WHEN Jimmy Church was told he had Post Traumatic Stress Disorder, he burst out laughing.
The Glasgow man had seen some horrific sights during his time in the Territorial Army, but that had been years before.
Surely it wouldn’t have taken so long to affect him?
But Jimmy had likely been living with the symptoms for many years without being diagnosed.
Nine years since the shocking news, Jimmy has come to accept it and is now in a much better place.
This is partly thanks to a bouncing springer spaniel full of energy called Bracken. She was gifted to Jimmy by a charity called Glen Art, whose Bravehound scheme matches companion dogs to veterans.
The 60-year-old said: “I’m up at the back of five every morning, taking her walks.
“I have a purpose now and it’s also good exercise for both of us. Before I would spend a lot of time in front of the television, just channel-hopping.”
Jimmy lives in one of the bungalows in the grounds of veterans’ charity, Erskine.
“I’m now meeting other veterans who have dogs and there’s a dog training class in Erskine every Friday.”
Jimmy comes from a proud military family. His grandfather and father both served and only eyesight problems stopped Jimmy joining the Army.
“So in 1974 I joined the TA’s medical corp – a unit my three sisters and brother also joined,” he explained.
Jimmy had two stints in the TA, the second as a chef. During his time in Bosnia in 1993 he “saw some things that really affected me, but it’s not something I talk about.”
Jimmy carried on working as a civilian chef, not realising that issues were taking hold.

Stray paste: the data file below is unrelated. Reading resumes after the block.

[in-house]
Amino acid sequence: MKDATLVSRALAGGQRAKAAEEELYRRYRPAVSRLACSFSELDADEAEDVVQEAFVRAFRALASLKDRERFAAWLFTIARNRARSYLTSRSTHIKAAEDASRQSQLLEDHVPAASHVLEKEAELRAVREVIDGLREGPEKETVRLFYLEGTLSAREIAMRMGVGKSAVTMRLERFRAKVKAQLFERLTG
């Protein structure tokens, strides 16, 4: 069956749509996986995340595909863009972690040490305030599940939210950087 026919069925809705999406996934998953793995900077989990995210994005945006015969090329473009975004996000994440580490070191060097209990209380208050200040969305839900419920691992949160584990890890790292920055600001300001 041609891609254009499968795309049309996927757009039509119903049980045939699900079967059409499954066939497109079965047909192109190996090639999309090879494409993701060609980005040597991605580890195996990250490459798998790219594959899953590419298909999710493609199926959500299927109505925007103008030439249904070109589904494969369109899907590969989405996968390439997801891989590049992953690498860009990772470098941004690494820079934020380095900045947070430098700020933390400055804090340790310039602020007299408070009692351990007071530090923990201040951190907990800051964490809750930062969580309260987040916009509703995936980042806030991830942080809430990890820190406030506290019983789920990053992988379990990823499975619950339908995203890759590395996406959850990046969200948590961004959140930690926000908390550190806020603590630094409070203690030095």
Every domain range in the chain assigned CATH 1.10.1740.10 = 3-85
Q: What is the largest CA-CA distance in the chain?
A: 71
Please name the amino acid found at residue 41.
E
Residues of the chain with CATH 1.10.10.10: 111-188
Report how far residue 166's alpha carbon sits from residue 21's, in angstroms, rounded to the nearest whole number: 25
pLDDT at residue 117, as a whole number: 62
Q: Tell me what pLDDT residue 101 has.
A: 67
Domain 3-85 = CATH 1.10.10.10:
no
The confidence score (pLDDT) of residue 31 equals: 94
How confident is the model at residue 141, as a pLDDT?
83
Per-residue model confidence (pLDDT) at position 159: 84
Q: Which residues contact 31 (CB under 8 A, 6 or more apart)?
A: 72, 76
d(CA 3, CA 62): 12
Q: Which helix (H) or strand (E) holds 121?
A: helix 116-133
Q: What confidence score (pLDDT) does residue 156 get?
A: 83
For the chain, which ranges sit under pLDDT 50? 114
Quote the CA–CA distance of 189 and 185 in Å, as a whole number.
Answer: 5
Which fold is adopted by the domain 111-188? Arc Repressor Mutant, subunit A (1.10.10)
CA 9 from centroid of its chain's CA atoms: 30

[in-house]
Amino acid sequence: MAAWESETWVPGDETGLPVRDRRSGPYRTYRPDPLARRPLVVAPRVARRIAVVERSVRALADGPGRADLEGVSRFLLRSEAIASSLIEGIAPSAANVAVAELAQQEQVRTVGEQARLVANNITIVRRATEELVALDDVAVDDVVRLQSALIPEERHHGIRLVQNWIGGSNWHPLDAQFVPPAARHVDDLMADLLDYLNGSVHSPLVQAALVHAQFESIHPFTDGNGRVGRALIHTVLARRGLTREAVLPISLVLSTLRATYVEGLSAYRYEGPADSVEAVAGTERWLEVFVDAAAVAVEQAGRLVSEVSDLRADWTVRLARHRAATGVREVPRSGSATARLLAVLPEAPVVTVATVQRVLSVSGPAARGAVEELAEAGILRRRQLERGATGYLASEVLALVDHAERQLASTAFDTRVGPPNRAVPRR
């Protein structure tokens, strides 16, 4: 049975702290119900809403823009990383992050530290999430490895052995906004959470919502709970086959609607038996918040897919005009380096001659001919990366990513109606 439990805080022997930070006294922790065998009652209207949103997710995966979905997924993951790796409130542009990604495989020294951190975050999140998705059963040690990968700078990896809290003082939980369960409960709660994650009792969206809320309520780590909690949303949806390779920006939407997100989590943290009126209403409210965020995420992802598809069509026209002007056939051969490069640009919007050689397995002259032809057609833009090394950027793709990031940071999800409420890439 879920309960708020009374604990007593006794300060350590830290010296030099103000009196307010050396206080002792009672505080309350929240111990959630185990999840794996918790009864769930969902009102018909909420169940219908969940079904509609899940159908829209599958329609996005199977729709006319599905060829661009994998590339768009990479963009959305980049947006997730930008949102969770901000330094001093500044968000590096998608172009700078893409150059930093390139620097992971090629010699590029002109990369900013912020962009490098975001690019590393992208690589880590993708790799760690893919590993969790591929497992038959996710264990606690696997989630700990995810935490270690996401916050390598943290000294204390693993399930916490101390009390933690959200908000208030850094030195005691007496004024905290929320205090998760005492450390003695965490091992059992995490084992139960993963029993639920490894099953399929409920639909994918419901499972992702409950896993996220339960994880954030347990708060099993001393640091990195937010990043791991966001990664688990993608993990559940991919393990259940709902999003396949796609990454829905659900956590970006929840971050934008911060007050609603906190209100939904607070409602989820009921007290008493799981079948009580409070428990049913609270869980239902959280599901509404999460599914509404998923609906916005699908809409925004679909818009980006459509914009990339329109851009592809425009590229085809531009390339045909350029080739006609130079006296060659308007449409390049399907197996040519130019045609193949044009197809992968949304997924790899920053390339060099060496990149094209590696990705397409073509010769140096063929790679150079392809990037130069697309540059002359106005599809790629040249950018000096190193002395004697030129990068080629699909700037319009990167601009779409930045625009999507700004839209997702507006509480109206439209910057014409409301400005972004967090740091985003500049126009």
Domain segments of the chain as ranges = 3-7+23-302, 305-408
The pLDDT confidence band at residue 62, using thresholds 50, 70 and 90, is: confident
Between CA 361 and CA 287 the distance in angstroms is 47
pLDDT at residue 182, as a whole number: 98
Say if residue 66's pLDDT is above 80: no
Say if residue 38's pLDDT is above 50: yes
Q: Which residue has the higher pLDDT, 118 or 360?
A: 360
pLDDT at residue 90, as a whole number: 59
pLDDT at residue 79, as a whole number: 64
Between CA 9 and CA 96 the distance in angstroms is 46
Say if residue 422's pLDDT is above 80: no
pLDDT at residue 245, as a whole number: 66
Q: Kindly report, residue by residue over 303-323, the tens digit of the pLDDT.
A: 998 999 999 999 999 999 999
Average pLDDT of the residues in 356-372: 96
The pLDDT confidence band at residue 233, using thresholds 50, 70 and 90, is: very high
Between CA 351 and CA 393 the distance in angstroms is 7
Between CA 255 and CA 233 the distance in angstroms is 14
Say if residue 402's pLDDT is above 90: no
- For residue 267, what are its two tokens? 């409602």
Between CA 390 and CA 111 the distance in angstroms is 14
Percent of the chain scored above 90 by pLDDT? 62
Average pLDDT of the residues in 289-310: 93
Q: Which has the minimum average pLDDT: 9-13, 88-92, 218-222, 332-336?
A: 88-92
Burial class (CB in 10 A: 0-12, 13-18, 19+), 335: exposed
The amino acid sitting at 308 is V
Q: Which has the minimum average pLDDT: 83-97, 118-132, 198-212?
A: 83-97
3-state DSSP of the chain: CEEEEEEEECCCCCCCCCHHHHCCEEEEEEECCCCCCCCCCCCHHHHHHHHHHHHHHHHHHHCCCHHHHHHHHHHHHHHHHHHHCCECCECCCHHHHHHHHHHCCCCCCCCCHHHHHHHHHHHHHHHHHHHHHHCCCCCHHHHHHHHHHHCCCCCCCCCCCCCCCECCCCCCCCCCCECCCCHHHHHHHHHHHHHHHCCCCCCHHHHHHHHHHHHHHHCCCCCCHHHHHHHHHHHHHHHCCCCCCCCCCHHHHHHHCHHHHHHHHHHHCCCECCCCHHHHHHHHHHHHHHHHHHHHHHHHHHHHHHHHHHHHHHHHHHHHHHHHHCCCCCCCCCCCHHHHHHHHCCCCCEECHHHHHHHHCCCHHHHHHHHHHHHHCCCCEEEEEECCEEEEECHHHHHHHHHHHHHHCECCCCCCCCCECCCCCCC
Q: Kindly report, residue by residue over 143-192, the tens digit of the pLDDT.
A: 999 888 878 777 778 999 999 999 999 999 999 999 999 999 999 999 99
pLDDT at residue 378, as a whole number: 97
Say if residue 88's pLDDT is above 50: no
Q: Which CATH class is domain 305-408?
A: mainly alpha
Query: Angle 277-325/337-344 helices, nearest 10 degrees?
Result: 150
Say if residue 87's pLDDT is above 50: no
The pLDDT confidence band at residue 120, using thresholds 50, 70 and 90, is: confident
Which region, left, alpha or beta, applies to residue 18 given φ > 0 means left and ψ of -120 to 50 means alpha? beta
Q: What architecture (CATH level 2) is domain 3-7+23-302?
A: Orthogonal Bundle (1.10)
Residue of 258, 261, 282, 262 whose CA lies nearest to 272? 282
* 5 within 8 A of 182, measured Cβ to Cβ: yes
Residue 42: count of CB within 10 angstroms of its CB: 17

“I moved all of the furniture from my bedroom into the living room, closed the curtains and locked myself away for a couple of years. I didn’t know what was wrong with me.
“Eventually I saw a GP, who sent me to a psychologist and within 10 minutes she had contacted Combat Stress. One of their welfare officers, Colonel David Steele, came out and said I needed help.
“I laughed when I was told I had PTSD, because these things happened so long ago.
“No one likes to admit they have mental health problems. There is still a stigma attached.”
Jimmy continues to attend Hollybush House, a Combat Stress treatment centre in Ayrshire, on an annual basis.
And three years ago he went to college in Durham and completed a greenkeeper course, winning student of the year in the process.
He now works as a self-employed gardener and is involved with Glen Art, which helps those from a military background return to civilian life.
Jimmy added: “Having Bracken can only have a positive impact on me.”
Bravehound is competing in the National Lottery Awards 2017, the annual search for the UK’s favourite Lottery-funded project, alongside six other Scottish entries.
To cast your vote, go to www.lotterygoodcauses.org.uk/awards. Voting closes on July 27.